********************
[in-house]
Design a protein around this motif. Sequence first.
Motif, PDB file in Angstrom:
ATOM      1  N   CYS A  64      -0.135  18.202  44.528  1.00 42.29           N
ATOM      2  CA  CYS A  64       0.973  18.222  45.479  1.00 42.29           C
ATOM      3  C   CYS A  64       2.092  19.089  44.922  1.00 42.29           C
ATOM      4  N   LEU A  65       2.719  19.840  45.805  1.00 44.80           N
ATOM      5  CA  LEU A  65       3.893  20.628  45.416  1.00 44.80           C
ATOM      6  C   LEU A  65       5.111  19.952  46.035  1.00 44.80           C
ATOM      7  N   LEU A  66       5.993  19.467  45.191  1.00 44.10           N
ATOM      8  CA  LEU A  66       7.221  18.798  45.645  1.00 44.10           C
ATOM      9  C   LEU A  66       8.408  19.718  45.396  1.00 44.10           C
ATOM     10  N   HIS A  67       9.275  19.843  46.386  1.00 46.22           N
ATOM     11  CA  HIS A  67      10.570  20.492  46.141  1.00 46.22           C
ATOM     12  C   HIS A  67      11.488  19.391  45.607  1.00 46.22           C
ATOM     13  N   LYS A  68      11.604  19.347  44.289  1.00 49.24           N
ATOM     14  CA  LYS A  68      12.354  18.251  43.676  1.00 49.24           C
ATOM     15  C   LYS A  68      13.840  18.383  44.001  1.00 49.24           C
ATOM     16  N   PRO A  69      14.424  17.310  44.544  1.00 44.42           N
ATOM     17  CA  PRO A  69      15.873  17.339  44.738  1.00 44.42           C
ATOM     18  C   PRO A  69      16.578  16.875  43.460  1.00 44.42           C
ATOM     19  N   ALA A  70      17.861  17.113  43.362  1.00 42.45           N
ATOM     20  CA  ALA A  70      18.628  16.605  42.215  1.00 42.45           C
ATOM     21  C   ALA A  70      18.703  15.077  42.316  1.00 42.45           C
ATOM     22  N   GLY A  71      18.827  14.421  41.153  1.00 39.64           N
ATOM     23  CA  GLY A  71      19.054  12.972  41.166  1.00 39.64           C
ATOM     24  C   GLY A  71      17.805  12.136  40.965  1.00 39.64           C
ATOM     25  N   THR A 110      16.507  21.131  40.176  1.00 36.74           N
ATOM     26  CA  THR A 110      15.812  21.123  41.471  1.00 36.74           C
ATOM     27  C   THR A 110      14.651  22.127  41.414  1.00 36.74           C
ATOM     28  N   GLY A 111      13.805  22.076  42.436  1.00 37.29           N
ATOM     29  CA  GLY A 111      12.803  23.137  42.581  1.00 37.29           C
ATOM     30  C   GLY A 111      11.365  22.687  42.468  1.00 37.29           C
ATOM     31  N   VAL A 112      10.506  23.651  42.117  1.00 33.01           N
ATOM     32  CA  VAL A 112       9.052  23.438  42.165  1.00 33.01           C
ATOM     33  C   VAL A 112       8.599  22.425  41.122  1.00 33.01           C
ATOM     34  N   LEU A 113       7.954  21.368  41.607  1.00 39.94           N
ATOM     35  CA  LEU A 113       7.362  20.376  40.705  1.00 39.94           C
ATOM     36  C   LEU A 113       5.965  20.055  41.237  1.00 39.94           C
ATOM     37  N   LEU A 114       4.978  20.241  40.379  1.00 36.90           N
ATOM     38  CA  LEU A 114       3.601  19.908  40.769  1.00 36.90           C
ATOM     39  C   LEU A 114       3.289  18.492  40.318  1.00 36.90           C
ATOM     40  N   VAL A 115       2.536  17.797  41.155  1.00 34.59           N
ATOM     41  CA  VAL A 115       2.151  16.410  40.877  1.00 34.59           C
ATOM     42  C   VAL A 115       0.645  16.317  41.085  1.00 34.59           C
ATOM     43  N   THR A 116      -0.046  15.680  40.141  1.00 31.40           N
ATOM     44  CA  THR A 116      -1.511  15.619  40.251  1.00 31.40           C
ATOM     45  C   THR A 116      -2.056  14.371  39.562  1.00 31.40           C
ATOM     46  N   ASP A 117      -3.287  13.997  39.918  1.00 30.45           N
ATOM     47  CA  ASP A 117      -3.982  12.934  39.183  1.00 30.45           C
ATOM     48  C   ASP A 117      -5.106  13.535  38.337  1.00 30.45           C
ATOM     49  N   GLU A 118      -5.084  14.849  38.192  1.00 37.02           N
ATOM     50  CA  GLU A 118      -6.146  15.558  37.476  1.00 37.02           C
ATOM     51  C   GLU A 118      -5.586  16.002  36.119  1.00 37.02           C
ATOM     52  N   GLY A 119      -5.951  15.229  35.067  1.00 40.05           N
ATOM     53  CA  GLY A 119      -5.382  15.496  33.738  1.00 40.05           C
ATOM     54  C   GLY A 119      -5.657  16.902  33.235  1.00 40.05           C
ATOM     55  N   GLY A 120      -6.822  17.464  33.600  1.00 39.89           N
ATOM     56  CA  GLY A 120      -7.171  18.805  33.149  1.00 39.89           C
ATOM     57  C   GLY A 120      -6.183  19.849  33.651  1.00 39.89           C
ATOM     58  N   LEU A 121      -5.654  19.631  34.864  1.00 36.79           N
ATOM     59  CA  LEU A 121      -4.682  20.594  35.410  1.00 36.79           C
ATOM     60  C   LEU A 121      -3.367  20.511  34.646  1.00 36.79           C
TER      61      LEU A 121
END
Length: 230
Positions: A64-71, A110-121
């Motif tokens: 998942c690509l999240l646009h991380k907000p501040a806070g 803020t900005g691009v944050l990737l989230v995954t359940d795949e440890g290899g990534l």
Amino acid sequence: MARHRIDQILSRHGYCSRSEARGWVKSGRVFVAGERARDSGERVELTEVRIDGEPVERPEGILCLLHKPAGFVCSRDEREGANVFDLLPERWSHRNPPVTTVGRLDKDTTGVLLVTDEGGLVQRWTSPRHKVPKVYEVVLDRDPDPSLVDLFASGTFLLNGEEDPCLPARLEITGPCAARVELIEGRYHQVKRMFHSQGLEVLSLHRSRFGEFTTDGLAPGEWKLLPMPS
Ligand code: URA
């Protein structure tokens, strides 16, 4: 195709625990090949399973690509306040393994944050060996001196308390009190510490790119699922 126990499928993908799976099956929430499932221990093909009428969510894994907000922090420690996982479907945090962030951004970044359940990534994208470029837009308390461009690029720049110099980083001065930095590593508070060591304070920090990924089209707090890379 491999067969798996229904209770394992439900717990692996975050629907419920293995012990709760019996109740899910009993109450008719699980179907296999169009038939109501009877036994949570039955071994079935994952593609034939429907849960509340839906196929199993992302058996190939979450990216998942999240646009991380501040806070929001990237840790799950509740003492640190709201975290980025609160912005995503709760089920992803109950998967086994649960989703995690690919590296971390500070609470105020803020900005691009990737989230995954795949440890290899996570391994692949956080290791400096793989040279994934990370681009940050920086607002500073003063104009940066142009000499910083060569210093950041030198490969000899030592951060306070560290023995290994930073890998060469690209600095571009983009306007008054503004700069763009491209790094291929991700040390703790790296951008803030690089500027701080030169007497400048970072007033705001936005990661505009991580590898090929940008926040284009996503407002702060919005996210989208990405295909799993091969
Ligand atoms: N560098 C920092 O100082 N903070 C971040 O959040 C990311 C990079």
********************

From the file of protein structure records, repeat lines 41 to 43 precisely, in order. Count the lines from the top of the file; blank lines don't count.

ATOM     38  CA  LEU A 114       3.601  19.908  40.769  1.00 36.90           C
ATOM     39  C   LEU A 114       3.289  18.492  40.318  1.00 36.90           C
ATOM     40  N   VAL A 115       2.536  17.797  41.155  1.00 34.59           N